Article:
Home » Features » Aug. 16, 2004 – Computers: Helping to run your business or run you ragged?

Aug. 16, 2004 – Computers: Helping to run your business or run you ragged?

Most of us have a computer system. That computer is designed to help you control every facet of your dealership and allow your employees to work faster, smarter, and more productively — or that’s what the software company told you.
You might find that your computer is no longer providing you with good information and that you are, instead, spending a great deal of time providing the computer with information. At some point the computer system stopped being a tool to help you run your business and became just one more of the many tasks that you have to contend with. Rutherford Rogers, a librarian at Yale University, was quoted in the New York Times as saying, “We’re drowning in information and starving for knowledge.” While he was referring to the enormous number of books, periodicals, and documents published each year, his quote seems to hold true for us as well.
Even the best software program is only as good as the data that it receives. Over the years your database has had a lot of information added to it: new customers, new part numbers, new units, and new work orders have all been diligently recorded. How much of that data is incomplete or totally useless but has never been removed or corrected? You continually tell your customers that regular maintenance on their units will keep them running as “well-oiled machines.” So, when was the last time your database had a tune up?
Your database can easily become burdened with incomplete or useless information: A new customer comes into your store and your counterperson takes his name and adds it to the database but fails to get the address or zip code; A work order is written up but the customer changes his mind. Did anyone cancel or remove this useless data from your system? You may blame this omission on an employee who did not follow policy, but even the most conscientious employee will get busy with customers and forget the clean-up duty. After all, it is about satisfying the customer, not about satisfying the computer.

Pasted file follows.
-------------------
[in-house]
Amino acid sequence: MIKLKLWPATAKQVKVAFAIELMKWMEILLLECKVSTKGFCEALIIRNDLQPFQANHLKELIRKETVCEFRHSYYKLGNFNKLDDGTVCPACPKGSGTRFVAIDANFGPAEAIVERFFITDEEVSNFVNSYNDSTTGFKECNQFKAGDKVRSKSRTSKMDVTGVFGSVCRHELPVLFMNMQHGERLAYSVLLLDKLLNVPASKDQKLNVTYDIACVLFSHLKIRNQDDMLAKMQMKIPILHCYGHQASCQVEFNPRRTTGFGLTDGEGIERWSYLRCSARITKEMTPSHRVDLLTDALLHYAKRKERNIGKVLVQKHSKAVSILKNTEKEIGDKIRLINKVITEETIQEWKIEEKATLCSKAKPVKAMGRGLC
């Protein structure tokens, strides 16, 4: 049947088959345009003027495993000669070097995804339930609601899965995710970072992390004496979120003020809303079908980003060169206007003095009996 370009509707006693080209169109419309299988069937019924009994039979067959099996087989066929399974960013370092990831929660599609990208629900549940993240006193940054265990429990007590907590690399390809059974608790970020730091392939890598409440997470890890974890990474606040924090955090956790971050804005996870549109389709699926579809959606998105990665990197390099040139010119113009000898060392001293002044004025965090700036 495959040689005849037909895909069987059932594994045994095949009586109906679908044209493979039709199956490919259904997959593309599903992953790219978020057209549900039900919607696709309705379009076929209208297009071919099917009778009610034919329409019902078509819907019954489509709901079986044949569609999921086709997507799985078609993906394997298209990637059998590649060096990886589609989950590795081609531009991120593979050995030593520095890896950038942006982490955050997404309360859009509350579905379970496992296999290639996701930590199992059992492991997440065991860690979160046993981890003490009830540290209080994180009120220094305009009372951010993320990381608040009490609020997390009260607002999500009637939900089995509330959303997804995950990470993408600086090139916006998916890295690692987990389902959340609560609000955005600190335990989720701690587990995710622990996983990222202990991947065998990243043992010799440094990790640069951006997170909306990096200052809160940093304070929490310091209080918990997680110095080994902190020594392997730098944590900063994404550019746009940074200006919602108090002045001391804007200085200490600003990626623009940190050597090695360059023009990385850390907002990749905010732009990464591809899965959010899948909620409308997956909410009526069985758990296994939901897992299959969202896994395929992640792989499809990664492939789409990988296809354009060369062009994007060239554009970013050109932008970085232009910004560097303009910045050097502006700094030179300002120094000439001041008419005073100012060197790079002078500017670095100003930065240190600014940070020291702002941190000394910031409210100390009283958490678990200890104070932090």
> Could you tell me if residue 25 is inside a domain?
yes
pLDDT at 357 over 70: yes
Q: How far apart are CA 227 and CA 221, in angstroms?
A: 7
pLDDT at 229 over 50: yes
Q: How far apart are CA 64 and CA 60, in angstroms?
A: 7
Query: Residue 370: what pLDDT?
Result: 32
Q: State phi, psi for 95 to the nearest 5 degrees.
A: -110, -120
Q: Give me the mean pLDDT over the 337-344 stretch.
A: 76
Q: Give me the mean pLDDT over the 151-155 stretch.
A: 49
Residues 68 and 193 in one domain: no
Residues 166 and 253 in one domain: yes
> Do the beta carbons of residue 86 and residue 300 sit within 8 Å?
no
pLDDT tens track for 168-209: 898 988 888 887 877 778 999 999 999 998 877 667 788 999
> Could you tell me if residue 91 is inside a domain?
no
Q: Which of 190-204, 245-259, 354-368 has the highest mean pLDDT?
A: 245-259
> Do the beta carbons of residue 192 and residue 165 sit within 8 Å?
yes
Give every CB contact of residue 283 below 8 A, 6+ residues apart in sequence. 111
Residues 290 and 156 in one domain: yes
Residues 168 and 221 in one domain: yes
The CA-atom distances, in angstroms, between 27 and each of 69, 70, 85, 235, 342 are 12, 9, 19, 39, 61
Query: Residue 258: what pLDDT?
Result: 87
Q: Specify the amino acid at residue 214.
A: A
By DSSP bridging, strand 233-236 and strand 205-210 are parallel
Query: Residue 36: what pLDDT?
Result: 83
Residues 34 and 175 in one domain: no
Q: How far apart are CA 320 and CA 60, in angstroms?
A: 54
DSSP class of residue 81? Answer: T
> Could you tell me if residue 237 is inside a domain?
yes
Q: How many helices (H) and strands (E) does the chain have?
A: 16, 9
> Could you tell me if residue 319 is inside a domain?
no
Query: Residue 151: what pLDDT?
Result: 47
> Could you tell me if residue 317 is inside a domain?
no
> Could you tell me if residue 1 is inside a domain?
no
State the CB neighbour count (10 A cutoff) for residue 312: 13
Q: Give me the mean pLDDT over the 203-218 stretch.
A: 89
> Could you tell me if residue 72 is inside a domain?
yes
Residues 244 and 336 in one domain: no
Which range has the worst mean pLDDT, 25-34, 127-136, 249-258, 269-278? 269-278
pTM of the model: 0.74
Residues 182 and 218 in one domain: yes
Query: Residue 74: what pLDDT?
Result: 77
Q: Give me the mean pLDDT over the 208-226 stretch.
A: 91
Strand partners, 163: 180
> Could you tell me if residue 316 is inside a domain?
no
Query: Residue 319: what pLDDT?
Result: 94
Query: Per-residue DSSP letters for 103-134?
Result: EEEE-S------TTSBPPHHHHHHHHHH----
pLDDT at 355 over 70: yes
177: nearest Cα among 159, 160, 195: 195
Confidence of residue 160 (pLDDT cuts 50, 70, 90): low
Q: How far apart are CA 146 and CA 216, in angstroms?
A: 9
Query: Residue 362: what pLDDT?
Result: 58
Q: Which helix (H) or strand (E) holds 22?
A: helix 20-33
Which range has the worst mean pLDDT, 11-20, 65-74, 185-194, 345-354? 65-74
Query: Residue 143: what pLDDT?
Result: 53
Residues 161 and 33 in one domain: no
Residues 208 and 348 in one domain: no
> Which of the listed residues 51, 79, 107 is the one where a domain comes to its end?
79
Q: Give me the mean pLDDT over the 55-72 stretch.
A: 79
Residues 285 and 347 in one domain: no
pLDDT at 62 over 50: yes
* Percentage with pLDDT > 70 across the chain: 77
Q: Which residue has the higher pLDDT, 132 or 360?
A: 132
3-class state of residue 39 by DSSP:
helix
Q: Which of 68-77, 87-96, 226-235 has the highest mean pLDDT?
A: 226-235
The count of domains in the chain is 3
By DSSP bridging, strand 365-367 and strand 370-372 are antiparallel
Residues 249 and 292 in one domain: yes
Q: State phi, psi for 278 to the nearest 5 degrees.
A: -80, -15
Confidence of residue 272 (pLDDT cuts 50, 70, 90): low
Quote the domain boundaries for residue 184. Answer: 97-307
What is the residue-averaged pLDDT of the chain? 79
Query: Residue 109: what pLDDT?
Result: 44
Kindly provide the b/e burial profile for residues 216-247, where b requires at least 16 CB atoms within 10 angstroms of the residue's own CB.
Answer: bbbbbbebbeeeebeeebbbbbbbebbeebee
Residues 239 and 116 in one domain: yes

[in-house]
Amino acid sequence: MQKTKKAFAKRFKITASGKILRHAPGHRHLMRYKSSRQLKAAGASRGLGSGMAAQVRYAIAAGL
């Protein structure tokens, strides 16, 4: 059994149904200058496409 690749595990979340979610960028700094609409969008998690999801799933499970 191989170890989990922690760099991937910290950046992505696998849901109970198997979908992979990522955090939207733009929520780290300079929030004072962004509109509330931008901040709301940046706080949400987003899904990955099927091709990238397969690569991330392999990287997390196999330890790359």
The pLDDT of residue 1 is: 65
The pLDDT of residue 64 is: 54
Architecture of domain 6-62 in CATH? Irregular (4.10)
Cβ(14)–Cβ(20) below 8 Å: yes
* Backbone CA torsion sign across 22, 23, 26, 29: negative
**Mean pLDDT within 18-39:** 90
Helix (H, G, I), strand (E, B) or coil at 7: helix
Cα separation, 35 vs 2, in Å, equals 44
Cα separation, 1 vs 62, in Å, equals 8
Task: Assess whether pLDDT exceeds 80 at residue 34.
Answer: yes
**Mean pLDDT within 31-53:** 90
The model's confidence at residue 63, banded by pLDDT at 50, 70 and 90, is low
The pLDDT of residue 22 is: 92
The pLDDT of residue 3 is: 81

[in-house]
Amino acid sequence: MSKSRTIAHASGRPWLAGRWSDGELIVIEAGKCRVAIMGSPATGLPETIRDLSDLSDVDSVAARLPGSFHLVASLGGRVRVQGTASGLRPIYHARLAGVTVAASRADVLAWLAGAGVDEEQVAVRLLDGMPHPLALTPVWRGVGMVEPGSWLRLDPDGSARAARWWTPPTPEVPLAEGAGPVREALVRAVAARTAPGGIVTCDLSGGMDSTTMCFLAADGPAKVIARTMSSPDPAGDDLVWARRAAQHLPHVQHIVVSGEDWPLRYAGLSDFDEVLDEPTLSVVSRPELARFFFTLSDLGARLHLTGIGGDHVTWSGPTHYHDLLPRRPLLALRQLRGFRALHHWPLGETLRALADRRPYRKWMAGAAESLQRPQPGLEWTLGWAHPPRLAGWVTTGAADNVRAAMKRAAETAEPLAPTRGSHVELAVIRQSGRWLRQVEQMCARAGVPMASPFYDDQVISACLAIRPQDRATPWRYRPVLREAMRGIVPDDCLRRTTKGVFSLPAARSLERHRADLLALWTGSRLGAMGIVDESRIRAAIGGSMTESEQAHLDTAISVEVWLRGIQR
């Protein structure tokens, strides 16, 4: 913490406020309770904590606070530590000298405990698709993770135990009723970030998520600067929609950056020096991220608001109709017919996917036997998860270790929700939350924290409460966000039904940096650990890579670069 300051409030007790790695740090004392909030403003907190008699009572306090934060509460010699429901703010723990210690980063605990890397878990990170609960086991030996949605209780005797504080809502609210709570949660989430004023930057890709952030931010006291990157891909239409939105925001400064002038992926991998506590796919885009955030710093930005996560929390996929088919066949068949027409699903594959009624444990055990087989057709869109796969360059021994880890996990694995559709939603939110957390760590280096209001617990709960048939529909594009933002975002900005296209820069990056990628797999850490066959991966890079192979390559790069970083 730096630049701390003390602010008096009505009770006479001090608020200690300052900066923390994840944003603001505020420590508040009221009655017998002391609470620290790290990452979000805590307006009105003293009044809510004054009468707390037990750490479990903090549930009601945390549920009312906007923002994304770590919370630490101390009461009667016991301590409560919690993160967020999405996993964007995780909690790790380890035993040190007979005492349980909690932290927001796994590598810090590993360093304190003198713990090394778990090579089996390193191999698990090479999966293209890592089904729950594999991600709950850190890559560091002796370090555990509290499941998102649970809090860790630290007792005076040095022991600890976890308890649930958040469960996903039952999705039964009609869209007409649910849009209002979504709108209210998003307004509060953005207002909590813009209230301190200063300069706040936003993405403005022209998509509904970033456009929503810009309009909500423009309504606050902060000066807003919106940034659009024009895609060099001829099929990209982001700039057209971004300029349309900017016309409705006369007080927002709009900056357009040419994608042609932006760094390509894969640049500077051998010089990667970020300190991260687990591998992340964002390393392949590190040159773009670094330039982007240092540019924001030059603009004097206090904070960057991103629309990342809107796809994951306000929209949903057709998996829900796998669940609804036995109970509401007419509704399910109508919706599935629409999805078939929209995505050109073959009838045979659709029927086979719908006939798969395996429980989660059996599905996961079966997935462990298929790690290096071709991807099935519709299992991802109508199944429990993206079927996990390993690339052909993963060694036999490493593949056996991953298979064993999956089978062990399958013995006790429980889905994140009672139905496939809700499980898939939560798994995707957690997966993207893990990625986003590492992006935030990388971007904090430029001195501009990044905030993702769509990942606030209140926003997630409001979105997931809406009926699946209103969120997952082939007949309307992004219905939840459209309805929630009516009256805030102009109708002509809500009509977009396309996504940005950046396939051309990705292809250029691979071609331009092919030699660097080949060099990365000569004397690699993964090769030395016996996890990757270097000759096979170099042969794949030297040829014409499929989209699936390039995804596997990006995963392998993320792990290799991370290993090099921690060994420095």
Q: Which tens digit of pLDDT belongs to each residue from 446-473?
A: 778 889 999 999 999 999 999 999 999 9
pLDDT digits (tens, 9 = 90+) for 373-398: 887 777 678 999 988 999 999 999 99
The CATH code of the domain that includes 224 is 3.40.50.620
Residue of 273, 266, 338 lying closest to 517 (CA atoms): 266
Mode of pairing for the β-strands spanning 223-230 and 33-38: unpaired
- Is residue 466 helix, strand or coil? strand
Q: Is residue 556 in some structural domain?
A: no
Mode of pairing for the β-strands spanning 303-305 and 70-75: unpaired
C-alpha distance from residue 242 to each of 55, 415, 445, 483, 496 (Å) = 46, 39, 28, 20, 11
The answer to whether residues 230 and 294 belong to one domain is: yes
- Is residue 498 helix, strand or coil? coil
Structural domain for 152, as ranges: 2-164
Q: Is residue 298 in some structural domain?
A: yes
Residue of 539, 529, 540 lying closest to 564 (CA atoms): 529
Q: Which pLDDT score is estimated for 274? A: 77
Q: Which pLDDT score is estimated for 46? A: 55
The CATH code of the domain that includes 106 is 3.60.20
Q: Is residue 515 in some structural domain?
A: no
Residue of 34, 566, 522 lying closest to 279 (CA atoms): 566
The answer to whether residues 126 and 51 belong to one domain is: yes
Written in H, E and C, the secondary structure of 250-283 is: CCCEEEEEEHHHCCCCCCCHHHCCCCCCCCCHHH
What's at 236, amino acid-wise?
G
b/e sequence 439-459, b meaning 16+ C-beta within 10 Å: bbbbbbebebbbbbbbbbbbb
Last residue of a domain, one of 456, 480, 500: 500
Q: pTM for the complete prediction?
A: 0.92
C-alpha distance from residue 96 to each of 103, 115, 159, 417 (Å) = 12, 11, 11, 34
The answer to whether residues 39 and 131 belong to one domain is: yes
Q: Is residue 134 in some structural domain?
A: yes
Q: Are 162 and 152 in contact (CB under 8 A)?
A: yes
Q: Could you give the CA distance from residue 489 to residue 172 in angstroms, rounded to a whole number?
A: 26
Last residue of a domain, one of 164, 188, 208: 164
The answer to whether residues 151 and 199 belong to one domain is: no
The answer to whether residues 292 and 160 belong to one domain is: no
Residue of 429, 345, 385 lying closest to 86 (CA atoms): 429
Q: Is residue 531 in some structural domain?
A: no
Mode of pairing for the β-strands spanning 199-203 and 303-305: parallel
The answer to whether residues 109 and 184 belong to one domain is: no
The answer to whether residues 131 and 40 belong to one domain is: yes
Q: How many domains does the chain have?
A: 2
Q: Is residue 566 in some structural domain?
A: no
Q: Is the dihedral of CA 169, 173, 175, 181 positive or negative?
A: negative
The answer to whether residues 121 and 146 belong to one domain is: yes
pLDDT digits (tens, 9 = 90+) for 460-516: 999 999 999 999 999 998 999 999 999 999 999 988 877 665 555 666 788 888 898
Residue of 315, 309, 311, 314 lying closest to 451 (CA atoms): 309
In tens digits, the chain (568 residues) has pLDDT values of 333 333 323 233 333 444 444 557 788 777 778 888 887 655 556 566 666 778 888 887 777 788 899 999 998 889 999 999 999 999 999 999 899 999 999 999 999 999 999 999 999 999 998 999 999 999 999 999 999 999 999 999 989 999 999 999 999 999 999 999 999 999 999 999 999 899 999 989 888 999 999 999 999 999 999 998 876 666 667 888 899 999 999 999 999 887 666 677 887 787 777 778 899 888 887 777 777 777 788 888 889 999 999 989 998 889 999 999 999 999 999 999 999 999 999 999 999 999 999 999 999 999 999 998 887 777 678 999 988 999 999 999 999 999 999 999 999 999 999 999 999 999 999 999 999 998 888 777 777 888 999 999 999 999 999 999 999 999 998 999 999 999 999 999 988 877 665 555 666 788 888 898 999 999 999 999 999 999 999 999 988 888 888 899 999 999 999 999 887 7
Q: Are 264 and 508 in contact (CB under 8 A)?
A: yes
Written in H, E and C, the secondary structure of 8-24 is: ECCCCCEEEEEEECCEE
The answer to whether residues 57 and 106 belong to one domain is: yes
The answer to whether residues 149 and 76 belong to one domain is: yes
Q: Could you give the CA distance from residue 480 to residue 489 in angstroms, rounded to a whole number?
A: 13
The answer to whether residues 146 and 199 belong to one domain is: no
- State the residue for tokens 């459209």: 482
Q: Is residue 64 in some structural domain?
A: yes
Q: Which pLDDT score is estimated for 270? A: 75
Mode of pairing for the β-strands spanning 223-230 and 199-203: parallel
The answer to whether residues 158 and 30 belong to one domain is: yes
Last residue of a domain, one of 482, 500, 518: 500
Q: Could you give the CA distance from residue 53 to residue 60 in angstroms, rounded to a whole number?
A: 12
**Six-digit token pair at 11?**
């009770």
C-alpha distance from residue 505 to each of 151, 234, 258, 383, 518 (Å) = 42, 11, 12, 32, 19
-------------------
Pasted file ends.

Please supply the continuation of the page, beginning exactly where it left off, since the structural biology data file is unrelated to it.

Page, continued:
Here are some signs that your computer system is now running you ragged instead of helping you run your business:
– Do you have part numbers in your system that were special ordered for one customer one time, and have never been ordered or sold since? These old, inactive numbers fill your inventory reports, cloud your suggested orders, and can add thousands of detracting lines to your physical inventory count sheets.
– Do you have old work orders in the system waiting now for months or even years for the customer to come in with the bike? These useless RO’s cloud the current picture and add confusion to the service manager’s job. That manager should be able to follow-up on current work orders in progress and move them along without wading through years of clutter.
– Does your service history show every single repair order that your shop has ever performed? There is a balance here. You want to make sure you can look up service history, but do you really need every single RO you have ever completed? Too much data in any system will at some point affect the performance of that system.
– Does your customer database have customers with no address or missing zip codes? Direct mail advertising is rather difficult without addresses!
Steven R. Covey, in his book “Seven Habits of Highly Effective People”, paints the following picture:
Suppose you were to come upon someone in the woods working feverishly to saw down a tree.
“What are you doing?” you ask.
“Can’t you see?” comes the impatient reply. “I’m sawing down this tree.”
“You look exhausted!” you exclaim. “How long have you been at it?”
“Over five hours,” he returns, “and I’m beat! This is hard work.”
“Well why don't you take a break for a few minutes and sharpen that saw?” you inquire. “I’m sure it would go a lot faster.”
“I don’t have time to sharpen the saw,” the man says emphatically. “I’m too busy sawing!”
Take a hard, critical look at your database, and clean it up. Some will say they just don’t have the time to do this. But you must make the time because it will hurt you eventually and cost you time later on. To be profitable you must have your finger on the pulse of the business. You will miss business opportunities, or worse, make costly mistakes, if your information is not accurate, or if it takes too long to gather and understand. The best way to escape from a problem is to solve it.
Hopefully you have partnered with a software company that can offer assistance in how to clean up your database and will provide advice on what to keep and what has to go. I’ve helped many of our customers in this area, as have many of my co-workers. But whether you do it yourself or you get help from someone else, you must take time out from sawing, and sharpen the saw. psb

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